URBANA – Hampered by delayed payments from the state and federal governments, the administration of the Champaign County Nursing Home is hoping for some relief from local banks.
The nursing home owed various vendors more than $3.1 million as of Sept. 30 and the accounts payable is projected to grow to as much as $4.4 million by Dec. 31 if the late state and federal payments aren’t made, nursing home manager Michael Scavotto told the nursing home board of directors Monday night.
So the administration has asked the county board to issue $850,000 in tax anticipation warrants – money borrowed against property tax revenue anticipated next spring – and at least $765,000 in revenue anticipation notes – money borrowed against various state and federal payments owed the nursing home. That money, along with $2.3 million in intergovernmental agreement money still owed the nursing home by the federal government, could be used to reduce the accounts payable by about $3.9 million.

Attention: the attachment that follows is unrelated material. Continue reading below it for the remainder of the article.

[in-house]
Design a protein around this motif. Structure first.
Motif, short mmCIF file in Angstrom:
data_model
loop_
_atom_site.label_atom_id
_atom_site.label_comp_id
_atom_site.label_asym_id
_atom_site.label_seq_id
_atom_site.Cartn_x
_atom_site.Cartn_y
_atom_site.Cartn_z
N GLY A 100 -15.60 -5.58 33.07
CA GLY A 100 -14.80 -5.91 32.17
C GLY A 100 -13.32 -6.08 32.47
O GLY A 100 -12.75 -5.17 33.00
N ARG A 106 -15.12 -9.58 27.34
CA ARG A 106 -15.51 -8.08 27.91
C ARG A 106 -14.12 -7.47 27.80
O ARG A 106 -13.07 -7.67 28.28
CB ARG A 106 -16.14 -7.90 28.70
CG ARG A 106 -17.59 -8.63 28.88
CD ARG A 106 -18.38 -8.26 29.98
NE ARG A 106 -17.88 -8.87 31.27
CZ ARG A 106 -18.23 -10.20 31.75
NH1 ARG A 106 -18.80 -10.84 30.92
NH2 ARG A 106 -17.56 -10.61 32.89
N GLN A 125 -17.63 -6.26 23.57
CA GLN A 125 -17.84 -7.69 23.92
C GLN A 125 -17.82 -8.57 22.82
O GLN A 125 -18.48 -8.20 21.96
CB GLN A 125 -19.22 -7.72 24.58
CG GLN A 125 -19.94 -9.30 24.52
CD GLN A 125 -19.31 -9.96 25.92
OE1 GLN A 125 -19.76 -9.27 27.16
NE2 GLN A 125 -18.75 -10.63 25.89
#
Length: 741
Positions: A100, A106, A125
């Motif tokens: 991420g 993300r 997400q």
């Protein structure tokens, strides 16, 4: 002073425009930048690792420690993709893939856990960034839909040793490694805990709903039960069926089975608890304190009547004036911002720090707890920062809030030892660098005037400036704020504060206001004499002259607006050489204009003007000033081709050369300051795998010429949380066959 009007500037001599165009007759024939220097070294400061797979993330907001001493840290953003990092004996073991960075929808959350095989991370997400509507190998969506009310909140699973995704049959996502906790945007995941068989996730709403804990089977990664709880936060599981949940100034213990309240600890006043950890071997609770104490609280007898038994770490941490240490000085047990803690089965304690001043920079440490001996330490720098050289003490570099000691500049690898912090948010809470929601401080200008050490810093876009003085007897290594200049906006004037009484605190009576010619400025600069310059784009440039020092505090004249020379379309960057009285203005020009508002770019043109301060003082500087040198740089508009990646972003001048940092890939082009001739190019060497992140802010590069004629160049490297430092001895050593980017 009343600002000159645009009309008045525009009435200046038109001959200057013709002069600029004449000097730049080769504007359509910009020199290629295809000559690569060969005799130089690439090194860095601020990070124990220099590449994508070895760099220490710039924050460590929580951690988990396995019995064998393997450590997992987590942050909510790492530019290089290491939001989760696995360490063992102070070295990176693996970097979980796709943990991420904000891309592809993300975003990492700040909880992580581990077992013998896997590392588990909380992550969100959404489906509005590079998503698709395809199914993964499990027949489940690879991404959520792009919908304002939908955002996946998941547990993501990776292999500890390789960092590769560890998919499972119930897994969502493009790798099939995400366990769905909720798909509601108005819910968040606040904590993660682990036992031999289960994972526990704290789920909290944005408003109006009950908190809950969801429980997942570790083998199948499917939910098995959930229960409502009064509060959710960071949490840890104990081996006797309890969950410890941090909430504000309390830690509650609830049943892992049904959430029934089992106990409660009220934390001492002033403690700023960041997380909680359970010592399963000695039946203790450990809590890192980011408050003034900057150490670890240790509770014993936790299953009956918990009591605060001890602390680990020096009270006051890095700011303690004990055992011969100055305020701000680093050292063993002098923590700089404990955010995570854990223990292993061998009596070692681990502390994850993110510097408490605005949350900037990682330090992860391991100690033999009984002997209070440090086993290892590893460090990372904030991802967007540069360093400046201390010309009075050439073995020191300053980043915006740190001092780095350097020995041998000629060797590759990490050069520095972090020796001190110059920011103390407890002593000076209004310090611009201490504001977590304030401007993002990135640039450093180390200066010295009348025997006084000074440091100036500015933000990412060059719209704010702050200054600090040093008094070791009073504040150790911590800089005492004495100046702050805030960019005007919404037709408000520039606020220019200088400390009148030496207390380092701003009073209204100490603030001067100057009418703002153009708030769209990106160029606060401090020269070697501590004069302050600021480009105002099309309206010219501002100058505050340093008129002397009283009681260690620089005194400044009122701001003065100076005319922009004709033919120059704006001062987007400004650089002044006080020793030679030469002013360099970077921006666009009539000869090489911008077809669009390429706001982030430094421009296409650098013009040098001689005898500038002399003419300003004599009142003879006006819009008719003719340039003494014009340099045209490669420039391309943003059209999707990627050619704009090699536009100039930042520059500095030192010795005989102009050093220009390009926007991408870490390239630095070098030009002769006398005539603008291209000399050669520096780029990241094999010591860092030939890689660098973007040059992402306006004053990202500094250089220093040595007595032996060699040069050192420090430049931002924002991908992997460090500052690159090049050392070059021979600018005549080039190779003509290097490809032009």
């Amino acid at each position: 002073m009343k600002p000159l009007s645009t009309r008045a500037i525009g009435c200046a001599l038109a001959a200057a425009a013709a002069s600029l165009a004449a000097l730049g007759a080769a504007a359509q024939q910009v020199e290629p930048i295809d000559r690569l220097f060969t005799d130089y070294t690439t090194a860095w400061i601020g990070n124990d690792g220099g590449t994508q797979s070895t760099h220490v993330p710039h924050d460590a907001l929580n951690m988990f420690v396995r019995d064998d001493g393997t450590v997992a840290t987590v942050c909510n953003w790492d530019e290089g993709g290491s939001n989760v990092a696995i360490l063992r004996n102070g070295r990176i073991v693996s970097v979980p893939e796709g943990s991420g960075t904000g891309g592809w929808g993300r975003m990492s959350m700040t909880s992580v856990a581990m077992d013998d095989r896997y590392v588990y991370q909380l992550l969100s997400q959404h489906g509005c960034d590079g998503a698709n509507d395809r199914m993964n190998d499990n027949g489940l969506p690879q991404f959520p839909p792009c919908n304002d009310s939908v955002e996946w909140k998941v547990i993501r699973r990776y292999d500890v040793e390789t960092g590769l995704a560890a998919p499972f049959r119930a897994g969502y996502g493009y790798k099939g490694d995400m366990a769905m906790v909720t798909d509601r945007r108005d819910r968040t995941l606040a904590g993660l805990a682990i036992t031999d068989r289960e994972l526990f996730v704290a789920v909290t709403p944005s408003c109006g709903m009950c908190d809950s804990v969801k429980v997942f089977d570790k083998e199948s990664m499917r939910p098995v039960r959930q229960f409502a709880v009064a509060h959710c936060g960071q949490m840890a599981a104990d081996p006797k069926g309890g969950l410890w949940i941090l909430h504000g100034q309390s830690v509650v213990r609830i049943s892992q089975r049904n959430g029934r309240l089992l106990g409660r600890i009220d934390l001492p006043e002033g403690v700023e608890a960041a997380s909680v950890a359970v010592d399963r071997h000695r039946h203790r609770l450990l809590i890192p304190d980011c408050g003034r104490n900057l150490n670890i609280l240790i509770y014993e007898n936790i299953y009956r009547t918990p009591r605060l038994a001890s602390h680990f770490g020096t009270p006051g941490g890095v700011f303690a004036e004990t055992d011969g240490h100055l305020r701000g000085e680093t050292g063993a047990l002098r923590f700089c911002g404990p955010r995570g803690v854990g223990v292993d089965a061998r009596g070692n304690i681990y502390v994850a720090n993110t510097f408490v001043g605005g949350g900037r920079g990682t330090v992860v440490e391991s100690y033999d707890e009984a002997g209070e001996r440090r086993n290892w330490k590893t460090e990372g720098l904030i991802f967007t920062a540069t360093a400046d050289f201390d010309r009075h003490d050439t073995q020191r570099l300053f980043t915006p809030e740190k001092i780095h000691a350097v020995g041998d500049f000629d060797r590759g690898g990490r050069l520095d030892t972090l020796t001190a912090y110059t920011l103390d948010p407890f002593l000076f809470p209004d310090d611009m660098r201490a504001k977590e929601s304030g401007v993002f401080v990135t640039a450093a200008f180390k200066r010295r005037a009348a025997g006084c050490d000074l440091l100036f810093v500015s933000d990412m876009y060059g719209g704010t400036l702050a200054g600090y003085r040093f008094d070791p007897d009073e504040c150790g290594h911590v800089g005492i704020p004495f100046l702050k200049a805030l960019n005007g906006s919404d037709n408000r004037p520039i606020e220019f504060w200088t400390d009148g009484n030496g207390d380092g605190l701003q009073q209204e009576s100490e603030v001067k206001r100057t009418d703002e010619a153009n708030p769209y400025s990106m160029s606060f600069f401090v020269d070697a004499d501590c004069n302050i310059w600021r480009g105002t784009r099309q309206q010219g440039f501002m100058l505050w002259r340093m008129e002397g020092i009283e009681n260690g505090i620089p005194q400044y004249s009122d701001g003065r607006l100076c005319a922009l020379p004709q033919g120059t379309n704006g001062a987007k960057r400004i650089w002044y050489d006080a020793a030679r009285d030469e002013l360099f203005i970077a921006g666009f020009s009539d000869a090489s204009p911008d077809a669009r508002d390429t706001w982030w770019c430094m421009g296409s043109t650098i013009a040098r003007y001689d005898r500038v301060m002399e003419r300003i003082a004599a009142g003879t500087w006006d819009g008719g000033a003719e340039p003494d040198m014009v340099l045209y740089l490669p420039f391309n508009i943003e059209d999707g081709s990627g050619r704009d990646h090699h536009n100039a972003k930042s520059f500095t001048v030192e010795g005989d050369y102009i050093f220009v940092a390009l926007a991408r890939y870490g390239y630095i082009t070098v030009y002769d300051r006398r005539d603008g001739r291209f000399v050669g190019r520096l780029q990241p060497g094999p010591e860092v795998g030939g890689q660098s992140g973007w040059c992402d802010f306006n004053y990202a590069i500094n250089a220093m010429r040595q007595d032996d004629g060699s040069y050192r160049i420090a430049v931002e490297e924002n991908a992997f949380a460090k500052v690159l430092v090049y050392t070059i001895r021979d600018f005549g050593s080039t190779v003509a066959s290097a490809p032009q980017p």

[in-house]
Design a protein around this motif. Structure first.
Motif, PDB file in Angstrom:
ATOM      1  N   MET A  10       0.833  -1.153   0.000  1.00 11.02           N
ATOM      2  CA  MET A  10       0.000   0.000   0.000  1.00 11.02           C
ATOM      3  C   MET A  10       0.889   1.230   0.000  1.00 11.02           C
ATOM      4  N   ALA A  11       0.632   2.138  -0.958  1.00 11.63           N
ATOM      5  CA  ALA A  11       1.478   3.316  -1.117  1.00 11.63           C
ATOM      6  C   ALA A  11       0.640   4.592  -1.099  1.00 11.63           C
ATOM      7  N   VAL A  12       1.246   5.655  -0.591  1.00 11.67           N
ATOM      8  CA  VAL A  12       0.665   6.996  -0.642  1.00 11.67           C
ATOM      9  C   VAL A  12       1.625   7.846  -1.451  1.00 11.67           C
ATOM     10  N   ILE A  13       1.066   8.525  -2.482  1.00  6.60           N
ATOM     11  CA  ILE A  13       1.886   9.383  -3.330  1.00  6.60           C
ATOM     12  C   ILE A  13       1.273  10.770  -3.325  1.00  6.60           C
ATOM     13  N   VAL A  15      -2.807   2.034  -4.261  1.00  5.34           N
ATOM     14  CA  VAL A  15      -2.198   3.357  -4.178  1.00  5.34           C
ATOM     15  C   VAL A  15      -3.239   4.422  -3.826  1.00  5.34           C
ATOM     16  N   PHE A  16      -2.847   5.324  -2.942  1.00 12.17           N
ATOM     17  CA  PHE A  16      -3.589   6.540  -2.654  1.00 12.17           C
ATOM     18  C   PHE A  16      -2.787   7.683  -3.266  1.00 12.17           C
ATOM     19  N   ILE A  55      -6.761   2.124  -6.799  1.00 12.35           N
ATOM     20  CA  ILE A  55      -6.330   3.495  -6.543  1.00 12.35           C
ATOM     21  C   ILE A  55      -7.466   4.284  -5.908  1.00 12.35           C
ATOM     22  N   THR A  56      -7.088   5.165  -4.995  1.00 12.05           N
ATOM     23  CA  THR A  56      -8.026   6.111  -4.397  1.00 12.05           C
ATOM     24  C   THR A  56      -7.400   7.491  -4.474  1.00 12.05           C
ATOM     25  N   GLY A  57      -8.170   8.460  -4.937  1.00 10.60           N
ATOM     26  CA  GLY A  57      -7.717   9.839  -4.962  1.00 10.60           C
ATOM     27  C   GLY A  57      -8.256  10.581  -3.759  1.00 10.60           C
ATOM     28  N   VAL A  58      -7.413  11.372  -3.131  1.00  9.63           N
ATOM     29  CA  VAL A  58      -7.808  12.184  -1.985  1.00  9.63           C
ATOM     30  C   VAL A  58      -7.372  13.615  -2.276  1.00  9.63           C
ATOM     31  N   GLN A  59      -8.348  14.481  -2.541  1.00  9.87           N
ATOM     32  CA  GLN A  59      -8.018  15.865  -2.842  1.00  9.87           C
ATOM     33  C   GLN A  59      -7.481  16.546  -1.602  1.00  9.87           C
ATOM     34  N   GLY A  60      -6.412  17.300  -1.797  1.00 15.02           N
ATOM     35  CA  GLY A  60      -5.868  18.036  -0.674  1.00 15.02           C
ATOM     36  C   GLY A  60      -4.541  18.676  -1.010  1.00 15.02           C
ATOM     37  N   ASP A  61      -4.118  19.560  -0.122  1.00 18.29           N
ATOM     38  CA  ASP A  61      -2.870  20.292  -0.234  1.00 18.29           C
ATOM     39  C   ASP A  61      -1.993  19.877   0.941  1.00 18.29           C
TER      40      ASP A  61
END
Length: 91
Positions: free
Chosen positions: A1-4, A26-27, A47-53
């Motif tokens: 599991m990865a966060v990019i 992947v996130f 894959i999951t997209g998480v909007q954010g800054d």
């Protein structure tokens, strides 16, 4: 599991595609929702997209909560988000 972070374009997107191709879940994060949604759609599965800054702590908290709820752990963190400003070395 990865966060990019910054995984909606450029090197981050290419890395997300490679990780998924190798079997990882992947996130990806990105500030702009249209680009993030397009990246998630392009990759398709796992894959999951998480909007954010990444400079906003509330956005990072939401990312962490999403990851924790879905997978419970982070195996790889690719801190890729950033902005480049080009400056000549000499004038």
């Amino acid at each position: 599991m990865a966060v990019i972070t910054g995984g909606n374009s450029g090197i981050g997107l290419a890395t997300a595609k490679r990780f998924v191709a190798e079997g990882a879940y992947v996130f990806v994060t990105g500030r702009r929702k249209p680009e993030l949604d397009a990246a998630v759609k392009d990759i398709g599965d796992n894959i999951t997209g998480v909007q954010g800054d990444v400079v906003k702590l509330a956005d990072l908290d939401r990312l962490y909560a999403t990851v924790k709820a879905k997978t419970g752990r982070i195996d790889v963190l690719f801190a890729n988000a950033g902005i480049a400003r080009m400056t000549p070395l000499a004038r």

Dozens of vendors are owed money by the nursing home. The biggest account payable is Health Resources Alliance, the home’s rehabilitation contractor, which is owed $1.4 million.
Issuance of the tax anticipation warrants and revenue anticipation notes goes before the Champaign County Board Thursday night. The county has already received bids on the tax anticipation warrants; they yielded interest rates as low as 1.1 percent. Bids on the revenue anticipation notes are due Wednesday.
“That will give us an idea of how feasible this is,” Scavotto told the nursing home board. “The fact is that the local banks are skeptical of the credit of the state of Illinois. That’s what we’re hearing, and you can’t blame them.”
Scavotto said the nursing home must borrow the money to get through the tough financial times.
“There’s no question in my mind that this is the only avenue that you can take. Your ability to finance is limited. You just can’t waltz into a bank and say give me working capital. You have to go through this process,” he told the nursing home board. “Things with the state are likely to get worse and we’ve got to have a mechanism in place to get us this working capital.”
The state is already more than 120 days behind in its Medicaid payments to the nursing home, Scavotto said.
“I have no forecast on when the state is going to start paying. They said four months and we’re already at four months. Maybe we’re looking at 180 days,” he said.
Scavotto said he doesn’t anticipate any improvement in the payment cycle.
“Next year I think it will get worse,” he said. “I hope that I’m wrong.”